Adriana Janette Umana-Taylor
Sara Lawrence-Lightfoot Endowed Professor
Adriana Umaña-Taylor is a professor of education in the Harvard Graduate School of Education. Her research, guided by developmental and socio-cultural ecological frameworks, focuses on understanding how individual and contextual factors interact to inform adolescents' development and adjustment. Her work seeks to apply developmental science in a manner that reduces ethnic-racial disparities in psychological and academic adjustment and, in turn, promotes social justice. Umaña-Taylor has successfully collaborated with school districts for over 15 years to design and implement large-scale, longitudinal, school-based data collection efforts with high school students. Her work has expanded to include prevention science and intervention programming with a focus on promoting youths' developmental competencies. Specifically, she developed an intervention curriculum (The Identity Project) that is grounded in developmental theory and engages adolescents in the developmental processes of ethnic-racial identity exploration and resolution. Her current research projects include TIDES, which is a longitudinal study funded by the National Science Foundation and designed to understand how adolescents develop their ethnic and racial identities in the context of their peer relationships within the school setting; the BIO study (race-based biological stress, ethnic-racial identity, and educational outcomes), which is funded by the Spencer Foundation and examines how the negative physiological effects of race-based stress can be reduced by intervening in adolescents' ethnic-racial identity development; and the Identity and Positive Youth Development Across Cultures study, which examines the promotive nature of identity development for adolescents in Colombia, Chile, and the U.S. Her books include: Studying Ethnic Minority and Economically Disadvantaged Populations: Methodological Challenges and Best Practices (with G. Knight and M. Roosa; American Psychological Association, 2009) and Studying Ethnic Identity: Methodological and Conceptual Approaches across Disciplines (co-edited with C. Santos; American Psychological Association, 2015). Umaña-Taylor serves on multiple editorial boards, and previously served as associate editor for the Journal of Research on Adolescence, as a member of the executive council of the Society for Research on Adolescence, and on the board of directors for the National Council on Family Relations. Her contributions to mentorship and student training have been recognized with national awards such as the Outstanding Mentor Award from the Society for Research on Adolescence and the Marie F. Peters Award from the National Council on Family Relations.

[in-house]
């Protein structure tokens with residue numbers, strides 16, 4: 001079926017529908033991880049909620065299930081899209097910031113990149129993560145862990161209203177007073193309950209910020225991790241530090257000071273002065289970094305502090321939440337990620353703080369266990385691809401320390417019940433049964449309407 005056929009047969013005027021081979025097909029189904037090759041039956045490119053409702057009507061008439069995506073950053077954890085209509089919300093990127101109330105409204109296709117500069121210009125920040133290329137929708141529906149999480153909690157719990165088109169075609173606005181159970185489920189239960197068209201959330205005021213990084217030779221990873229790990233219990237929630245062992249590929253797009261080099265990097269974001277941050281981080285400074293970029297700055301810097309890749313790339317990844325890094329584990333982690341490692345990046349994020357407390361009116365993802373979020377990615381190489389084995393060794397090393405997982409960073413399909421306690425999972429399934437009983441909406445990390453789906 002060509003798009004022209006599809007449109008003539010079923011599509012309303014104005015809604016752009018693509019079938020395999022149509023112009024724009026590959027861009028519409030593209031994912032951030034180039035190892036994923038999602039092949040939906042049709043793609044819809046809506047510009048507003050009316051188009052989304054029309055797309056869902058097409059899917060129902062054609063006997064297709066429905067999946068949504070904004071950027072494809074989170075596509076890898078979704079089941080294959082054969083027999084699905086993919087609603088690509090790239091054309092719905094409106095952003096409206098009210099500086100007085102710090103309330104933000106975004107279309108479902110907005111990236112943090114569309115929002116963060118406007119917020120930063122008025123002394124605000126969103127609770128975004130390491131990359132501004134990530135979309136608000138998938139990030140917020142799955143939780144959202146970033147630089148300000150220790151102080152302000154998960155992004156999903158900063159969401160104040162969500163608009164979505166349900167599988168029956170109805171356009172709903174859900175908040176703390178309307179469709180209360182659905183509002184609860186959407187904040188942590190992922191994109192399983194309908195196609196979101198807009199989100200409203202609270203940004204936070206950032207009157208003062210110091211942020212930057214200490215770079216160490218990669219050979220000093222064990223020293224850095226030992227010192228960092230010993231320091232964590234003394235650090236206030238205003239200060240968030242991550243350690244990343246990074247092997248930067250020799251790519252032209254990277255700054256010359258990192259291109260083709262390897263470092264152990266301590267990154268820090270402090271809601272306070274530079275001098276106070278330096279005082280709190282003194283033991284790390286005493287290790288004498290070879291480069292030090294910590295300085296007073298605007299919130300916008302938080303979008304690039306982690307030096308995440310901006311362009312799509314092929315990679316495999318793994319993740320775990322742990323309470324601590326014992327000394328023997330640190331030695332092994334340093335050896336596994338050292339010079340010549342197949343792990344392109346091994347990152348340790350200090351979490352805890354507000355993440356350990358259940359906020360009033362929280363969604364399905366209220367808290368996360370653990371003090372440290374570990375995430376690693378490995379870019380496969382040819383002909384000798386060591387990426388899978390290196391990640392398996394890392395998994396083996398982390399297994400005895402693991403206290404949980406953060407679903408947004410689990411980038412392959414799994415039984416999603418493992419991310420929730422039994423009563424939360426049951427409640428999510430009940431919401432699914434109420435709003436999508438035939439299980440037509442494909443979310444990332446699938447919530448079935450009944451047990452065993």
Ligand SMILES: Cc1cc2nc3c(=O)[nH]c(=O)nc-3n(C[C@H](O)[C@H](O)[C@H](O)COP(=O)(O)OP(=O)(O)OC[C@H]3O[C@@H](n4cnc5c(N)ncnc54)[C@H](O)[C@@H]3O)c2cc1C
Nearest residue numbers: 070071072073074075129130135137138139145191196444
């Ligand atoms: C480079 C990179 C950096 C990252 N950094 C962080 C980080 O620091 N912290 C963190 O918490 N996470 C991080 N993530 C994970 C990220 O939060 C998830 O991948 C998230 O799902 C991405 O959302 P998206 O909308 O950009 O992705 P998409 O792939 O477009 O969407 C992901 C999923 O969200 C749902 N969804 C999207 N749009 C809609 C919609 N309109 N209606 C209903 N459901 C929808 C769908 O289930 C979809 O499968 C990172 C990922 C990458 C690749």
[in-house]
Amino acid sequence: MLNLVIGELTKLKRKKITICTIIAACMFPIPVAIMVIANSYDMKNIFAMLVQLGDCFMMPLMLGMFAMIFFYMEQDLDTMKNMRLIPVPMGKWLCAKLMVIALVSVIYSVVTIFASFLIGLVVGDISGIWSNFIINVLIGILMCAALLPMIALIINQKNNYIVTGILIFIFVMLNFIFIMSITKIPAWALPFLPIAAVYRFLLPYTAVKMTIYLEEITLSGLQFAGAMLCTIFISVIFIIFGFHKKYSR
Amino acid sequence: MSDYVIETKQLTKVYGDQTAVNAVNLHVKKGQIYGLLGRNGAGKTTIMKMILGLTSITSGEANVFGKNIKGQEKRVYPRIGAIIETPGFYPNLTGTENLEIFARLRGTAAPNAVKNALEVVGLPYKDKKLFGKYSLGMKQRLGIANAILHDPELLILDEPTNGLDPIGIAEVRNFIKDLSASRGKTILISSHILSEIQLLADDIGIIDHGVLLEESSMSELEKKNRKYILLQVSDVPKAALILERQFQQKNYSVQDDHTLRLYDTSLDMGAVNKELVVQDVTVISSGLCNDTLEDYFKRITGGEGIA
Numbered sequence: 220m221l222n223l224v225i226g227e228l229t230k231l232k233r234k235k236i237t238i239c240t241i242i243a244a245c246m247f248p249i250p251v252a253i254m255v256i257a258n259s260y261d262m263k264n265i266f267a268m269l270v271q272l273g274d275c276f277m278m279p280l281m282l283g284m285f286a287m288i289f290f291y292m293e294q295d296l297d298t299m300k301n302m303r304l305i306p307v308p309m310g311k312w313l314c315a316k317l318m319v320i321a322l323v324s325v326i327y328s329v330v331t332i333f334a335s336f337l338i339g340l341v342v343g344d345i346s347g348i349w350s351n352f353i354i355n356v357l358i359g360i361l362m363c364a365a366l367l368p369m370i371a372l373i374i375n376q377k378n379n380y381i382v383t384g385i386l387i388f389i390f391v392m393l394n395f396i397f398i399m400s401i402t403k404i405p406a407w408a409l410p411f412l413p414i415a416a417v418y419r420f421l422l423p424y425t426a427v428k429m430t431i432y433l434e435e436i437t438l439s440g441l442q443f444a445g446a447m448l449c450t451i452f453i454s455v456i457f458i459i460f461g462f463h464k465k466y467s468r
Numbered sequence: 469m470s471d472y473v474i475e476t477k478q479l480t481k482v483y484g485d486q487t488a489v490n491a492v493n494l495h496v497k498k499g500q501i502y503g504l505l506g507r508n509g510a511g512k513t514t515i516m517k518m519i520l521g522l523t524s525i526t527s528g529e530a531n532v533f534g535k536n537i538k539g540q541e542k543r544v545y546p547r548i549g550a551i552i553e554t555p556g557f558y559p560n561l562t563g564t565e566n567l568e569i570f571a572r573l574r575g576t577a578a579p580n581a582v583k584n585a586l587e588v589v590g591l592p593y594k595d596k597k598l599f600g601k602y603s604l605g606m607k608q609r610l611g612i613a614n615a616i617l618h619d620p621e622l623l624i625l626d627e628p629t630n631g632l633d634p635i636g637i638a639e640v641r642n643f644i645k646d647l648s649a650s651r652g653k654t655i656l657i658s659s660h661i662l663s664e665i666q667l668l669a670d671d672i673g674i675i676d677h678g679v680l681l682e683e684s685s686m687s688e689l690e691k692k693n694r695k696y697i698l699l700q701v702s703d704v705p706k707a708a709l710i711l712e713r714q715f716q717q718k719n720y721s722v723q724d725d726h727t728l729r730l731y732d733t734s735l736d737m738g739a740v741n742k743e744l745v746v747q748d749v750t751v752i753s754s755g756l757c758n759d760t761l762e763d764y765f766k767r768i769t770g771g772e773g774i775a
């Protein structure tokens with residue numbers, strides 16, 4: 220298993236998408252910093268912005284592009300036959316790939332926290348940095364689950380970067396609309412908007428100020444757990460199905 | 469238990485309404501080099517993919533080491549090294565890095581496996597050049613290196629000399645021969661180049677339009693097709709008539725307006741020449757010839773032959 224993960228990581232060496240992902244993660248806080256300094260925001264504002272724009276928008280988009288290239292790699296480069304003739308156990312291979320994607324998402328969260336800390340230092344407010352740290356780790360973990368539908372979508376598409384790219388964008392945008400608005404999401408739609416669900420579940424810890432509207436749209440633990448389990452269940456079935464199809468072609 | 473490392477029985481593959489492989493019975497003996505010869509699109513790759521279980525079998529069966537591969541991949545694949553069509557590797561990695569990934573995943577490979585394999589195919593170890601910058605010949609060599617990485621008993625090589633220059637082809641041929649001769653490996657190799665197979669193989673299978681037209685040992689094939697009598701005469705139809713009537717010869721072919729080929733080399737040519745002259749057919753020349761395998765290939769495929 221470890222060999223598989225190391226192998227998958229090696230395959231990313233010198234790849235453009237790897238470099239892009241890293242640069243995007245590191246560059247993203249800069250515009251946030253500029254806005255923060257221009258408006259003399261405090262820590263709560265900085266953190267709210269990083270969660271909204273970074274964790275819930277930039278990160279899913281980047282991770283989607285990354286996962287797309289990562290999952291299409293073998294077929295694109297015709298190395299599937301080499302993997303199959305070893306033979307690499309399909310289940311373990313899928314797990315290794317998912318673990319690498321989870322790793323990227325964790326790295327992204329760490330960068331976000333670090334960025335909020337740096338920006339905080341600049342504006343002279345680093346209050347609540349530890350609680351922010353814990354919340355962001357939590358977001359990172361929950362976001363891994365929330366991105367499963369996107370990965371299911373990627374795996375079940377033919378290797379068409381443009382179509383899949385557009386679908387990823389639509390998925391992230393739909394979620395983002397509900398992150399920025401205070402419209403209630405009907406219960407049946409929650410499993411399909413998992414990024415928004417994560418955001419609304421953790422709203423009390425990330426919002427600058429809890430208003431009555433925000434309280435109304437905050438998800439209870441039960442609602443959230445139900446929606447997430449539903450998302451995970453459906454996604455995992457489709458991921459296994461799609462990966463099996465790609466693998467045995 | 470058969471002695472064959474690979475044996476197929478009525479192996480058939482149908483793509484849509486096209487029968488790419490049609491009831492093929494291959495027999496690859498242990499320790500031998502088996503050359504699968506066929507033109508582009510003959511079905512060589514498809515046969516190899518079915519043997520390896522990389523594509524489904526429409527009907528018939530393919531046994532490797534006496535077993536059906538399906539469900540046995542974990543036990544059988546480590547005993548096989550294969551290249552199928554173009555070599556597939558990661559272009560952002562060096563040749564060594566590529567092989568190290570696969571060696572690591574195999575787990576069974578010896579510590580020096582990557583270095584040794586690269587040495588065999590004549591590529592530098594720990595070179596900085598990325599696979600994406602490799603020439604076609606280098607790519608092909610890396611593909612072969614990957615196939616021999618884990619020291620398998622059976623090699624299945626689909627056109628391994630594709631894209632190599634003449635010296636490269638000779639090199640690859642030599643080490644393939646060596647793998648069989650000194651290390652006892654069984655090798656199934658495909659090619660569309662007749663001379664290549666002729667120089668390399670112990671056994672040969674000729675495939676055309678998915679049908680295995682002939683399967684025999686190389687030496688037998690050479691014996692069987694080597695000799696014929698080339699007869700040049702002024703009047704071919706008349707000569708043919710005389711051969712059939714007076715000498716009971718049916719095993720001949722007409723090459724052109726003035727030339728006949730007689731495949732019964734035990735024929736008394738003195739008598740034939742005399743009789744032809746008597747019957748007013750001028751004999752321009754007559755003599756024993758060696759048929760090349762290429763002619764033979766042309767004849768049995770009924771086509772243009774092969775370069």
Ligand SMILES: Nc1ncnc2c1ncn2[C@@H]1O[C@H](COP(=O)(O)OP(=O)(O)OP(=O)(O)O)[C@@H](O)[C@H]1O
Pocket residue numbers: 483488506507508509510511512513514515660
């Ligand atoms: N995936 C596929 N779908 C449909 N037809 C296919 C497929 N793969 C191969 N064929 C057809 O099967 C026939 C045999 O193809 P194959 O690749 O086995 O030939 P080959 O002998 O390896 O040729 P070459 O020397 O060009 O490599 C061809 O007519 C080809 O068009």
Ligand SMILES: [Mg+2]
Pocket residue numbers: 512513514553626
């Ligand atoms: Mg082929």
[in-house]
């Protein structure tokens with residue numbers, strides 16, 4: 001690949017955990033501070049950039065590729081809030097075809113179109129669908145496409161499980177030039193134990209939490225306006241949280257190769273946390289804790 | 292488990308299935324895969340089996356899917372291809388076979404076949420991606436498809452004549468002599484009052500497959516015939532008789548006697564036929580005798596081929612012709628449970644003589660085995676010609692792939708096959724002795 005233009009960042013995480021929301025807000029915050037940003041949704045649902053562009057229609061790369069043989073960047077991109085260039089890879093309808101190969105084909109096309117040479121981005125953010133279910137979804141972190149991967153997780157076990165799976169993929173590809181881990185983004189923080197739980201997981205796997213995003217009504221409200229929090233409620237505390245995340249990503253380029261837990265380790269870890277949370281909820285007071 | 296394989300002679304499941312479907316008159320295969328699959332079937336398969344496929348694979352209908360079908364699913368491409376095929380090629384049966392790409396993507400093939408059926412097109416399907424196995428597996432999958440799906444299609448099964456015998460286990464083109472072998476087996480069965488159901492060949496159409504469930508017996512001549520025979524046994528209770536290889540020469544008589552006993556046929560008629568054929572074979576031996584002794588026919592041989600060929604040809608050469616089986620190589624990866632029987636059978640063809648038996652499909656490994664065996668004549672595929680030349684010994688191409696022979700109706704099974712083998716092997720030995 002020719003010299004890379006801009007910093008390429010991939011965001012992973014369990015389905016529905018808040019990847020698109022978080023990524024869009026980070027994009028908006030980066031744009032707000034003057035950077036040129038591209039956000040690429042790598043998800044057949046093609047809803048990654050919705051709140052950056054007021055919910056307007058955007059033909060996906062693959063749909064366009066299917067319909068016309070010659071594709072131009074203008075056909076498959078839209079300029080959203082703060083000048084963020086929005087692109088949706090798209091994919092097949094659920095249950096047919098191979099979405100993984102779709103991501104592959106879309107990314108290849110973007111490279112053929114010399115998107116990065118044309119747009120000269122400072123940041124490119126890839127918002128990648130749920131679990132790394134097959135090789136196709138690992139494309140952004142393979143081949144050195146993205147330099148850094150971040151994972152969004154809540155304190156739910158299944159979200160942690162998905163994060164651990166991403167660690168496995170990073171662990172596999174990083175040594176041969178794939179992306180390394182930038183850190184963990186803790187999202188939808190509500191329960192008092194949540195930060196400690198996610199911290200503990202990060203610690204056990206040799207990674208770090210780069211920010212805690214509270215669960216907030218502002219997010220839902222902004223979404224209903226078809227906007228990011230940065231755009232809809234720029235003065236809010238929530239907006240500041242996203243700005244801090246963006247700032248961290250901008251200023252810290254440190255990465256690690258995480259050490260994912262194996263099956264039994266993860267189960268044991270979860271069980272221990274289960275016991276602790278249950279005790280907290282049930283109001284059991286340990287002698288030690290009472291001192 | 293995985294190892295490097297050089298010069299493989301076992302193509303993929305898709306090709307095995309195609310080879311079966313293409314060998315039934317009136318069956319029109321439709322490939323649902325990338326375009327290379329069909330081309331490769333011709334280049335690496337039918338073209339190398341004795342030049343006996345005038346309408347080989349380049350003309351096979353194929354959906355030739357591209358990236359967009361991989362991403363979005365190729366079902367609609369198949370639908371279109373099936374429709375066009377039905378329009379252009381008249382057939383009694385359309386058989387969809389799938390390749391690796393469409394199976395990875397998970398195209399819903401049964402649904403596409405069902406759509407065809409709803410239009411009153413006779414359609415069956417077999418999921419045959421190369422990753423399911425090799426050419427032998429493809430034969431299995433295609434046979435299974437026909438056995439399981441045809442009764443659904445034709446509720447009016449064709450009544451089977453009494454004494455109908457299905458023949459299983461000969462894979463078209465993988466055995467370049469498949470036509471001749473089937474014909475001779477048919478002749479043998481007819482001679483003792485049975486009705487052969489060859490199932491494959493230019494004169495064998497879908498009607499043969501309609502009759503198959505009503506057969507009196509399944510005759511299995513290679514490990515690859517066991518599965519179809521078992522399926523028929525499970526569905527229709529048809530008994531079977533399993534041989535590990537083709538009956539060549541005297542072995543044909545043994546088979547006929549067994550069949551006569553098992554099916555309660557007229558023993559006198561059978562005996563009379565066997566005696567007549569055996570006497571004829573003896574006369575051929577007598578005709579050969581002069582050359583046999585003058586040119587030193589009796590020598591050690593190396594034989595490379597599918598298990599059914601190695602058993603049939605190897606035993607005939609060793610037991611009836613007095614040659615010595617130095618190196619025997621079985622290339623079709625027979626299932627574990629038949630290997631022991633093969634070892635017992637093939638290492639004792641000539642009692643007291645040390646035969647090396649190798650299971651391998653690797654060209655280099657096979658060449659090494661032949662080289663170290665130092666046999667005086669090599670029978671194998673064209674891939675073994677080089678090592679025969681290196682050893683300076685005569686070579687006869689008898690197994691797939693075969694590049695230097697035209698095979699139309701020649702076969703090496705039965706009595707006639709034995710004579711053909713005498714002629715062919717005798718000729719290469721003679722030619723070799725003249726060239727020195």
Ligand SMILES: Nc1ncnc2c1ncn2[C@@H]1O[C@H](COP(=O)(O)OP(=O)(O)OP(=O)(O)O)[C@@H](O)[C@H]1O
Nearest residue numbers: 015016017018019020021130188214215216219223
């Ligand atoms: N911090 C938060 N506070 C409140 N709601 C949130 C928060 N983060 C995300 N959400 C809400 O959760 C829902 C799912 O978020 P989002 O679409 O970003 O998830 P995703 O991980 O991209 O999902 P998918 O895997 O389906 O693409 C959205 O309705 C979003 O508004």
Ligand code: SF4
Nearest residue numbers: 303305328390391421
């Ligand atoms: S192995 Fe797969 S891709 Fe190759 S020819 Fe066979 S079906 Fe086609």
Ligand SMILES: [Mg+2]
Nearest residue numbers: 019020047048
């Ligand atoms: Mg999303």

Race-based Biological Stress, Ethnic-Racial Identity, and Educational Outcomes: New Approaches to Studying Academic Achievement Gaps (2017-2022)
Dr. Adriana Umaña-Taylor will serve as the PI on the subcontract awarded to President and Fellow of Harvard College. Dr. Umaña-Taylors scope of work across the five project years (09/01/2017 08/31/2022) is broken down as follows: Year 1 Dr. Umaña-Taylor will prepare the training materials for the intervention, provide on-site training to project facilitators, and conduct weekly fidelity checks of the interventions implementation with project facilitators. In addition, the PI will meet with other members of the research team to discuss the interventions implementation and advance the projects research aims. She will also consult with the investigative team on measure selection, variable construction, and analyses. Years 25 Throughout Years 24, Dr. Umaña-Taylor will consult with the investigative team with respect to variable construction and data analysis, and she will contribute to manuscript preparation. Dr. Umaña-Taylor will present the studys findings at conferences and facilitate the dissemination of the projects results. In addition, the PI will communicate and consult with other members of the research team to discuss the projects progress and advance its research aims.